In recent years, the interest in obtaining microbial cement has gained popularity. This is in part because of the potential of microbial cement to overcome problems such as fractures and fissures in concrete structures which are created by weathering, land subsidence, faults, earthquakes and human activities. Synthetic biology has proposed a novel way to repair and remediate these problems. One of the possible solutions is biomineralization of calcium carbonate using microbes such as Bacillus species.The application of microbial concrete in construction may simplify some of the existing construction processes and revolutionise them.
Back to basics
Biomineralization is process by which living organisms are naturally able to produce minerals.
Production of microbial calcium carbonate (CaCO3) is a widely studied and a promising technology with various engineering applications. The use of CaCo3 include: treatment of concrete, manufacturing of construction materials (such as building bricks and fillers for rubber), synthesis of plastics and inks.
There are three distinct pathways of bacterial calcium carbonate precipitation:
1) biologically controlled - cellular specific control of formation of the mineral (exoskeleton, bone or teeth) ,
2) biologically - influenced - passive mineral precipitation caused through the presence on the surface of the cell of organic matter and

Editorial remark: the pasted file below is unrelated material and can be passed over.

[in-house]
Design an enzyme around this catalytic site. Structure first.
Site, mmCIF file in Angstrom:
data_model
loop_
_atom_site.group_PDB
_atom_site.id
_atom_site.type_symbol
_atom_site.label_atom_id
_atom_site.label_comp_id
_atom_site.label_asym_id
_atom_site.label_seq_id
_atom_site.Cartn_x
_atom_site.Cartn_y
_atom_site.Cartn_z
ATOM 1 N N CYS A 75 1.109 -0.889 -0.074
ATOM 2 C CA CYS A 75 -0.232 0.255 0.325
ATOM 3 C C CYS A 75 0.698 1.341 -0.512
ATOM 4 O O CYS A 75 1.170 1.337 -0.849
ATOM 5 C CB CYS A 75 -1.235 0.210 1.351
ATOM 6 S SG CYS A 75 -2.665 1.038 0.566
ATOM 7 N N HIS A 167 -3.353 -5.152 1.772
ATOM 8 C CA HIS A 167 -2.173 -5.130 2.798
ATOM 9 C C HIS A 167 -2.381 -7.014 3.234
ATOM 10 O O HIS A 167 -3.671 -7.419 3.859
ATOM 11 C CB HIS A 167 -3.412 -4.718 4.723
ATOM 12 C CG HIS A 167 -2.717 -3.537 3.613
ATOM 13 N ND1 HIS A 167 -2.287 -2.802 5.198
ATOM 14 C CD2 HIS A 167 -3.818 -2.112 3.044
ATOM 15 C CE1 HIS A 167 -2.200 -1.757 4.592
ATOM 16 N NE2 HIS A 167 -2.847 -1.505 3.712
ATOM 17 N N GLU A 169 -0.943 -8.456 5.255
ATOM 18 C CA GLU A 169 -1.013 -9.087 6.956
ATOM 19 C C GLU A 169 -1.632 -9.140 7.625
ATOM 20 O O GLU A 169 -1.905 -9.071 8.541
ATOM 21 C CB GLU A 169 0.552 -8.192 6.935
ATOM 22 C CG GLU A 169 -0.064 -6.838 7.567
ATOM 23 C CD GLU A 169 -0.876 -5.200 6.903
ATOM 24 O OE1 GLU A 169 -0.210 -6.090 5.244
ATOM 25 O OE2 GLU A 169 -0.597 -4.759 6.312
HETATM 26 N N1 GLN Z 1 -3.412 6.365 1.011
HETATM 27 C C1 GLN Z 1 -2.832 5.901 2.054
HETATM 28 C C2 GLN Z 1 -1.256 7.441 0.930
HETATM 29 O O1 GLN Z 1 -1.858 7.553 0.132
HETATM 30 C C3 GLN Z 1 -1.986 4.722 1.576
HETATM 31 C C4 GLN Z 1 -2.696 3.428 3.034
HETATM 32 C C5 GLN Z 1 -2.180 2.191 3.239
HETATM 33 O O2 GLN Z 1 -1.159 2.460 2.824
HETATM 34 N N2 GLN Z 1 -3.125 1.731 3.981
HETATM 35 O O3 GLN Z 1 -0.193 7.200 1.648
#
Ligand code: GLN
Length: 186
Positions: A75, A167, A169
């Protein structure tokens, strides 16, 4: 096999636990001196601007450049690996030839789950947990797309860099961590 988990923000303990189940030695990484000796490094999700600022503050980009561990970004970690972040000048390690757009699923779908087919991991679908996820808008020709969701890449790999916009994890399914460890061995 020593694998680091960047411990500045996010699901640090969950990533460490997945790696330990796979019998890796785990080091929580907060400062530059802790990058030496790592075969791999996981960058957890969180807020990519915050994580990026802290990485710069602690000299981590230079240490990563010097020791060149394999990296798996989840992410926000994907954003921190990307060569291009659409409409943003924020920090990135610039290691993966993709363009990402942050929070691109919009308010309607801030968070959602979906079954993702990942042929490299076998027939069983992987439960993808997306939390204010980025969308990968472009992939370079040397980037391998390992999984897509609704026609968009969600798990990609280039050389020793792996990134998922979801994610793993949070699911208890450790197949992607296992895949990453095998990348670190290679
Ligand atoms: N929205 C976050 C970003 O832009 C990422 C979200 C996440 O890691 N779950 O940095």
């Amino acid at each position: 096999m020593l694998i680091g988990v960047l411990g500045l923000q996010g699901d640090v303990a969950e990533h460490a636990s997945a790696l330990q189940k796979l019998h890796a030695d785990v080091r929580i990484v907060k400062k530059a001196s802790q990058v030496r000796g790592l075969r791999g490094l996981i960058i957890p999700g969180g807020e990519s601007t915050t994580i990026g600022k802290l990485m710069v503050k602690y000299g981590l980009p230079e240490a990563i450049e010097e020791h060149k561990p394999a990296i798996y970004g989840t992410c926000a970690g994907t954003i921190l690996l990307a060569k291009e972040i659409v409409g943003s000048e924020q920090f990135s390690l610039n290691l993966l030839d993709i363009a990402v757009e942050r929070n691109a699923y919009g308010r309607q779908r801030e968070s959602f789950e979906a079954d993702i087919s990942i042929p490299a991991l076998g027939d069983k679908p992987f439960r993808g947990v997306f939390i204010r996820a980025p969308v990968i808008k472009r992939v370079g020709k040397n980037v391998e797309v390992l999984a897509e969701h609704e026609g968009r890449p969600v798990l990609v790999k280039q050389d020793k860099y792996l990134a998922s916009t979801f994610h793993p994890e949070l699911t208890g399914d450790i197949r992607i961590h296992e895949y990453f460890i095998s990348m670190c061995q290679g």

3) biologically- induced - which is the chemical alteration of an environment by biological activity.
The most commonly found mechanism in bacteria for CaCO3 precipitation has been to generate an alkaline environment through different physiological actions. Precipitation of CaCO3 by ureolytic bacteria is the most straightforward and most easily controlled mechanism of microbially induced calcium carbonate precipitation. It also has the potential to produce high amounts of carbonates in short period of time.
Besides the CaCO3 precipitation induced naturally by microbes, many other organisms also have the power to produce calcium carbonate, such as corals. In the stony coral, Stylophora pistillata, 4 acid-rich proteins (CARPs 1–4; GenBank accession numbers KC148537–KC148539 and KC493647) were identified to be responsible for calcium carbonate precipitation. These proteins were found in the study of changes in the growth of corals with increasing of acidity in the ocean.
As such, bioreaction of calcite formation is far from the thermodynamic equilibrium. It may even compromise with acidification and very low mineral saturation state (E. Tambutté & A. A. Venn et al. 2015).
In our project, coral acid-rich proteins (CARPs) was cloned and expressed in E.coli BL21 strain. They were characterized for their ability to induce calcium carbonate precipitation.
According to the putative mechanism of calcium carbonate nucleation by CARP, a highly acidic pocket brings together a calcium ion and a carboxylate molecule thus favouring their reaction (Figure 5). Evidence based on high-resolution magnetic resonance spectroscopy has shown that the calcification in stony coral is mainly controlled by CARPS embedded in skeleton organic matrix.
The key advantage of CARPs is their power to bypass the acidification of the growth medium and the urea synthesis associated with the classical urease pathway. Furthermore, CaCO3 precipitation with CARPs occurs in one enzymatic step, greatly reducing the metabolic cost for the cell.